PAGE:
Documentary to explore the Vietnam War

A new film will tell the story of the Vietnam War.
A new film will tell the story of the Vietnam War.
The Vietnam War has been called the first war to play out in American living rooms -- reports were televised each evening. Now, a new film will bring it back into our homes, exploring the roots and lasting impact of the war.

    The film, The Vietnam War, a 10-part series, will premiere on PBS this Sunday, Sept. 17, at 8 p.m. EST.  
    Directed by noted documentary makers Ken Burns and Lynn Novick, it is a thorough treatment -- 18 hours featuring testimony from Americans who fought in the war and opposed it, along with Vietnamese combatants and civilians from both sides, according to Burns’ website. The filmmakers also make use of archival materials, such as photos, films, newscasts of the time and White House tapes of the Lyndon B. Johnson and Richard M. Nixon administrations. 
    Burns and Novick are known for such award-winning productions as The Civil War, Baseball, The War and others. But PBS describes this as their “most ambitious film to date.” It may also be the most provocative.
    Americans -- many of whom had fought in World War II -- were divided about the country’s participation in the Vietnam War. The U.S. withdrew from Vietnam in 1973 with many still in grief.  The war had taken the lives of 58,220 Americans, and left millions questioning what we had been doing there in the first place. But how did the U.S. get into the middle of this foreign war? First, remember that at the time, American leaders wanted to contain the spread of communism.
     Here is a timeline of the buildup leading to U.S. involvement in Vietnam, along with links for further study: 

1858-83: France, competing for power with Great Britain, established colonial rule in three states -- Vietnam, Laos and Cambodia -- known as Indochina.

1930: Ho Chi Minh (1890-1969), who was educated in Paris, founded the Indochinese Communist Party, or ICP.

1941:  During World War II, Japan invaded Vietnam, and the ICP formed a guerrilla force.

Sept. 2, 1945: After leading an independence movement that established new local governments throughout northern Vietnam, Ho proclaimed the independent Democratic Republic of Vietnam in Hanoi. The first lines of his speech were taken from America’s Declaration of Independence. (Read it on George Mason University's History Matters website.)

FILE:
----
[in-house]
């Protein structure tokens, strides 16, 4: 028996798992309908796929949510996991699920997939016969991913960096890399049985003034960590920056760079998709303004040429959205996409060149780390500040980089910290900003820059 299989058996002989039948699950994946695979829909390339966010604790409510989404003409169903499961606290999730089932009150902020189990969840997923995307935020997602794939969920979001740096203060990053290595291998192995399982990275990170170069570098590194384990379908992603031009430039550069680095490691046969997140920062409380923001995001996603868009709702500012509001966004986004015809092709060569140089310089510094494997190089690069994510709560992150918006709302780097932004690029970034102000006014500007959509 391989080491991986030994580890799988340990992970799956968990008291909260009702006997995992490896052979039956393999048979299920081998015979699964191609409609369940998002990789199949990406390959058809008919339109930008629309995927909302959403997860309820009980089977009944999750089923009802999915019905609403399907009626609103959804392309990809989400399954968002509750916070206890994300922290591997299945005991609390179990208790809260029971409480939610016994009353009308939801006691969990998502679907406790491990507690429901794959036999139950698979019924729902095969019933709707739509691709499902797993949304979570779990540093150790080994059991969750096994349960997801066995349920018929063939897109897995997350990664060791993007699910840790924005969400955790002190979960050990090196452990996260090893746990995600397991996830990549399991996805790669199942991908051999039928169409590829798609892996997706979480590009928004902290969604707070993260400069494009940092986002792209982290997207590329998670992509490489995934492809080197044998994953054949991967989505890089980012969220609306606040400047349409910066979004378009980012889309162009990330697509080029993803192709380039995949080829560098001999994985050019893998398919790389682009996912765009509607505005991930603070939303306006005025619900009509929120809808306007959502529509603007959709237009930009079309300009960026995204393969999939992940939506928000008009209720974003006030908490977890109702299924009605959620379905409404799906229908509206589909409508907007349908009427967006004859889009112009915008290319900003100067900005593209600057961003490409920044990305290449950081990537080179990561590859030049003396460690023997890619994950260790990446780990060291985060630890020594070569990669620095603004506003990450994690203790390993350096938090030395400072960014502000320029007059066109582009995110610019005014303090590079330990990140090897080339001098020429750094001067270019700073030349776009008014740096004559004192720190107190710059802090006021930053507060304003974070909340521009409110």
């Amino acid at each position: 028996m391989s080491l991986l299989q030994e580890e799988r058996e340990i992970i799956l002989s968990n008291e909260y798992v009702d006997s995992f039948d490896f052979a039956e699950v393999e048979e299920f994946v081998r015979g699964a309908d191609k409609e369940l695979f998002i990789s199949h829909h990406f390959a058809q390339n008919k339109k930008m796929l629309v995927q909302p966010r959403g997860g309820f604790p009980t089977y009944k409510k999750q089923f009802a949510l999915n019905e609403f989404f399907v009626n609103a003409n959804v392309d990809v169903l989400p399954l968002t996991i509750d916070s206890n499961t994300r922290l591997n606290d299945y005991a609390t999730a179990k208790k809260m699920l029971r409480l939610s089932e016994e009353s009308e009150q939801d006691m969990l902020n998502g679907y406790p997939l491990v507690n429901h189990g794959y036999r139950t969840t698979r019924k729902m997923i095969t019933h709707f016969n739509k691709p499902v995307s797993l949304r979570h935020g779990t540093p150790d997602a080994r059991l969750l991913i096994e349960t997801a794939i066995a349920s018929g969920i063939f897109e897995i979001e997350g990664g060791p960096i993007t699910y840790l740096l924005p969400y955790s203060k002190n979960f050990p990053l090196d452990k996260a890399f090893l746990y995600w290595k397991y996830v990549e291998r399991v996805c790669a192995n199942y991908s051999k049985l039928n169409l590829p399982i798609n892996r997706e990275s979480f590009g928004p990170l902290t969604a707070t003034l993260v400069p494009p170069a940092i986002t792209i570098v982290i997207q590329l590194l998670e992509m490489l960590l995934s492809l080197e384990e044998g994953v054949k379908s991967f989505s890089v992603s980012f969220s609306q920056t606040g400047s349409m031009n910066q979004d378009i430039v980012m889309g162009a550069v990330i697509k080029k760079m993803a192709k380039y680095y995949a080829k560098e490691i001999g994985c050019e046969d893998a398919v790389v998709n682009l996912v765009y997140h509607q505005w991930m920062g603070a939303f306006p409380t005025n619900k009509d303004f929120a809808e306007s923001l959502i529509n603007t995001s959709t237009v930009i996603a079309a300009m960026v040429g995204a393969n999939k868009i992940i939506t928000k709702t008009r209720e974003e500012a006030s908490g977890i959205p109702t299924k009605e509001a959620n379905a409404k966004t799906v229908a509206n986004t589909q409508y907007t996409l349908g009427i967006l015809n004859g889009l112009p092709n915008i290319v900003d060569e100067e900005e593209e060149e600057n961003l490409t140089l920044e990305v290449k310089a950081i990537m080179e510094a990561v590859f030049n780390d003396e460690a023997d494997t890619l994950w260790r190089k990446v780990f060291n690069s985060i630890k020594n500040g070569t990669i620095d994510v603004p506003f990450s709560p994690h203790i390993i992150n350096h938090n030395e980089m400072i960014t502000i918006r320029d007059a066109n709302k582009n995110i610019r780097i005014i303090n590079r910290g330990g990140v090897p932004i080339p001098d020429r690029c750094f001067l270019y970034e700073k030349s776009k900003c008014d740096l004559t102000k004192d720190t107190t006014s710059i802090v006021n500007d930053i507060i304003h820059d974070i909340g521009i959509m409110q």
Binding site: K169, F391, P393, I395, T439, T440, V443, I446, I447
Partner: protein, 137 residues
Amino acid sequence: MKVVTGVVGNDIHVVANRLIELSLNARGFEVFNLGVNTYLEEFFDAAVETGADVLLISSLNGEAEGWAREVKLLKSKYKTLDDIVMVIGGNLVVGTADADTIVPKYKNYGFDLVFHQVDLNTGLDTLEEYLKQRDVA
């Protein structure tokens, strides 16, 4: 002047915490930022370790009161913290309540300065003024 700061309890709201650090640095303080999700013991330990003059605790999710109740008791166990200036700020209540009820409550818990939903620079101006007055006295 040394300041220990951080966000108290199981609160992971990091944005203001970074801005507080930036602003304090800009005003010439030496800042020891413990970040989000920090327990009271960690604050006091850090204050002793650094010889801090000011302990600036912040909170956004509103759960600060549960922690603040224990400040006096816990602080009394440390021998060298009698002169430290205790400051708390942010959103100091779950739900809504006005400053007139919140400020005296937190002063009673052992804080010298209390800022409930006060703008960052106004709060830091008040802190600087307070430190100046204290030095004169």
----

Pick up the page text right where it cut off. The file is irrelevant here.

The U.S. had supported Ho against the Japanese. But “after the war, when he sought assistance from communist powers to win independence from France, the United States opposed him as an agent of communist expansion,” recounts the Smithsonian National Museum of American History.

1946 – Attempting to reassert control, French forces attacked the Vietnamese rebels. Within three months, the French controlled the southern portion of Vietnam.

1950:  With the approval of President Harry S. Truman, 35 men from the U.S. Military Assistance Advisory Group arrived in Saigon to assist and advise South Vietnamese troops. (See the website.)

1954: French troops pulled out of Vietnam and colonial rule ended. North Vietnam pushed to unify the country as a communist regime. The South Vietnamese government wished to remain aligned with the U.S., and the U.S. refused to recognize the government in North Vietnam.

1955: President Dwight D. Eisenhower approved sending approximately 700 military personnel, along with economic aid, to the government of South Vietnam.

1961: President John F. Kennedy authorized sending 500 Special Forces troops  (the Green Berets) and military advisers to assist South Vietnam.

1962: By the end of the year, 11,000 military advisers were in South Vietnam, the John F. Kennedy Presidential Library recounts. That year, 53 military personnel were killed.

1963: The numbers increased again, and at the end of 1963, 16,000 advisers were in Vietnam, according to the library.

Aug. 7, 1964: The Gulf of Tonkin resolution authorized President Lyndon B. Johnson to send combat troops to Vietnam.

March 8, 1965:  Two battalions of U.S. Marines became the first combat troops dispatched by the United States to support the Saigon government.  

     To know more:


     What happened at Kent State?

     Four phrases associated with the Cold War


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